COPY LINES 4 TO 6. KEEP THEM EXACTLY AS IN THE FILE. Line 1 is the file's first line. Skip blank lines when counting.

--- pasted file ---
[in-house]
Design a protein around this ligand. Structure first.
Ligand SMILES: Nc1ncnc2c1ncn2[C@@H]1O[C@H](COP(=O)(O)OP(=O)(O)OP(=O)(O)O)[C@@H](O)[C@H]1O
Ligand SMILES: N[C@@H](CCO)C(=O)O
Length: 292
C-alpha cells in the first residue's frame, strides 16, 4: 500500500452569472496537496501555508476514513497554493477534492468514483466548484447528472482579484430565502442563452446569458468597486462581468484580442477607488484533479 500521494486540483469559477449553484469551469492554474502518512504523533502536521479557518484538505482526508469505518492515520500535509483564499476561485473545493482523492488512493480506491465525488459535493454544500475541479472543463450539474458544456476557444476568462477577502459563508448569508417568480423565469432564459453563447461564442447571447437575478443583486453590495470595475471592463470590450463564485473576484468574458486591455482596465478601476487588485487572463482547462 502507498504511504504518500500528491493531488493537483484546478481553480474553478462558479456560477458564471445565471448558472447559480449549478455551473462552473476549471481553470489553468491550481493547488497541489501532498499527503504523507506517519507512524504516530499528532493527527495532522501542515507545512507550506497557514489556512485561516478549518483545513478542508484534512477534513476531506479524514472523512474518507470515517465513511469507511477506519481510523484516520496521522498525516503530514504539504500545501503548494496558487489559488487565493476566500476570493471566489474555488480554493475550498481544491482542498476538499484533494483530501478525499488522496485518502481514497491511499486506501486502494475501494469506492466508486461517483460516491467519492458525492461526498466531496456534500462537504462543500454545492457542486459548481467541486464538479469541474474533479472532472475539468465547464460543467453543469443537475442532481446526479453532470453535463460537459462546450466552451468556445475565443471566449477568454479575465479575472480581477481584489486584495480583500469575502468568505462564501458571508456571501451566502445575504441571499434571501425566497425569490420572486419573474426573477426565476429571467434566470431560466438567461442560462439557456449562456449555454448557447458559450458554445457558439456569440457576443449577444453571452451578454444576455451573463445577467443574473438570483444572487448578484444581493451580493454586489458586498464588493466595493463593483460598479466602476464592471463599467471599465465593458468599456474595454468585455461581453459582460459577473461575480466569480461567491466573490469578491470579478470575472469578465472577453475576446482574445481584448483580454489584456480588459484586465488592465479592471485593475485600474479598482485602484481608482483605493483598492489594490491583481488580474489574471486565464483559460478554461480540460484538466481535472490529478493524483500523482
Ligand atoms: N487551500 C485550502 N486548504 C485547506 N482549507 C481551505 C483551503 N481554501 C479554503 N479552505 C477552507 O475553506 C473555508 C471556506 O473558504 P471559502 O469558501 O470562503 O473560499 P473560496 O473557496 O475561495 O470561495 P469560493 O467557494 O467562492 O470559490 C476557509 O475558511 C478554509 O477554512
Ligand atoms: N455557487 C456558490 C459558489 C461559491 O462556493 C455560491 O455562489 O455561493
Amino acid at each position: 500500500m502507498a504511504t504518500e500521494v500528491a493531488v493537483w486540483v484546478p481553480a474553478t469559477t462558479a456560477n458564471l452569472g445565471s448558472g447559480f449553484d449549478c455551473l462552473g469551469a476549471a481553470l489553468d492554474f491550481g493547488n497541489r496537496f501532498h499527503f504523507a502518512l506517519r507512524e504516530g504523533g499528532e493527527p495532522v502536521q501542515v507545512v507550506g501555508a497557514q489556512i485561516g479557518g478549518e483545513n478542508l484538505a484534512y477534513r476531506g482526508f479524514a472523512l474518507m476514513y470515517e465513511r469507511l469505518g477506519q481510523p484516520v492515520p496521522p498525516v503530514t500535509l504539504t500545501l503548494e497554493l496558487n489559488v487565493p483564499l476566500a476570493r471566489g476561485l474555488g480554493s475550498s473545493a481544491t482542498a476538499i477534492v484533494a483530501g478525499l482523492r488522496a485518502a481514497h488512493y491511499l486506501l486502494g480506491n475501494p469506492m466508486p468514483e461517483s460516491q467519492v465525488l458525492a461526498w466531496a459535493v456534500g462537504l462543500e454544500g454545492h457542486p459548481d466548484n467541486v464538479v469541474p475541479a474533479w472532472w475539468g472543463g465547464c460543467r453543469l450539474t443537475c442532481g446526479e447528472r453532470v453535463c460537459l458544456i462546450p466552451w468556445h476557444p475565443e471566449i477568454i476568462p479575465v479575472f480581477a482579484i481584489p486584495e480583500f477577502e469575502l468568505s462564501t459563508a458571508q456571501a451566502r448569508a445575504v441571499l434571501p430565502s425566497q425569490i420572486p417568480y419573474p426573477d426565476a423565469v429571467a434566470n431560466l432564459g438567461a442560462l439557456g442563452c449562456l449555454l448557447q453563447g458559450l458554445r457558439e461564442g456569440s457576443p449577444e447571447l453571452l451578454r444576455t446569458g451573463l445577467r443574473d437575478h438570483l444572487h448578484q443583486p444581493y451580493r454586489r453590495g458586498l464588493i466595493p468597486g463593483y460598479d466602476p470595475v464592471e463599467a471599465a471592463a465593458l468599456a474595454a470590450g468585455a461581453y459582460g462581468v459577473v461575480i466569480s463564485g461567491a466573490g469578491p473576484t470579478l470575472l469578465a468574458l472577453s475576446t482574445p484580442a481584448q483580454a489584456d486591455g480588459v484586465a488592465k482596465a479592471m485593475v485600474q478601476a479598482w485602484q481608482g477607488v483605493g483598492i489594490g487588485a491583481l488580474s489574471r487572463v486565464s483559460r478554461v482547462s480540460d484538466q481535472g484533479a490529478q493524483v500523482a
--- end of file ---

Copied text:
Ligand SMILES: N[C@@H](CCO)C(=O)O
Length: 292
C-alpha cells in the first residue's frame, strides 16, 4: 500500500452569472496537496501555508476514513497554493477534492468514483466548484447528472482579484430565502442563452446569458468597486462581468484580442477607488484533479 500521494486540483469559477449553484469551469492554474502518512504523533502536521479557518484538505482526508469505518492515520500535509483564499476561485473545493482523492488512493480506491465525488459535493454544500475541479472543463450539474458544456476557444476568462477577502459563508448569508417568480423565469432564459453563447461564442447571447437575478443583486453590495470595475471592463470590450463564485473576484468574458486591455482596465478601476487588485487572463482547462 502507498504511504504518500500528491493531488493537483484546478481553480474553478462558479456560477458564471445565471448558472447559480449549478455551473462552473476549471481553470489553468491550481493547488497541489501532498499527503504523507506517519507512524504516530499528532493527527495532522501542515507545512507550506497557514489556512485561516478549518483545513478542508484534512477534513476531506479524514472523512474518507470515517465513511469507511477506519481510523484516520496521522498525516503530514504539504500545501503548494496558487489559488487565493476566500476570493471566489474555488480554493475550498481544491482542498476538499484533494483530501478525499488522496485518502481514497491511499486506501486502494475501494469506492466508486461517483460516491467519492458525492461526498466531496456534500462537504462543500454545492457542486459548481467541486464538479469541474474533479472532472475539468465547464460543467453543469443537475442532481446526479453532470453535463460537459462546450466552451468556445475565443471566449477568454479575465479575472480581477481584489486584495480583500469575502468568505462564501458571508456571501451566502445575504441571499434571501425566497425569490420572486419573474426573477426565476429571467434566470431560466438567461442560462439557456449562456449555454448557447458559450458554445457558439456569440457576443449577444453571452451578454444576455451573463445577467443574473438570483444572487448578484444581493451580493454586489458586498464588493466595493463593483460598479466602476464592471463599467471599465465593458468599456474595454468585455461581453459582460459577473461575480466569480461567491466573490469578491470579478470575472469578465472577453475576446482574445481584448483580454489584456480588459484586465488592465479592471485593475485600474479598482485602484481608482483605493483598492489594490491583481488580474489574471486565464483559460478554461480540460484538466481535472490529478493524483500523482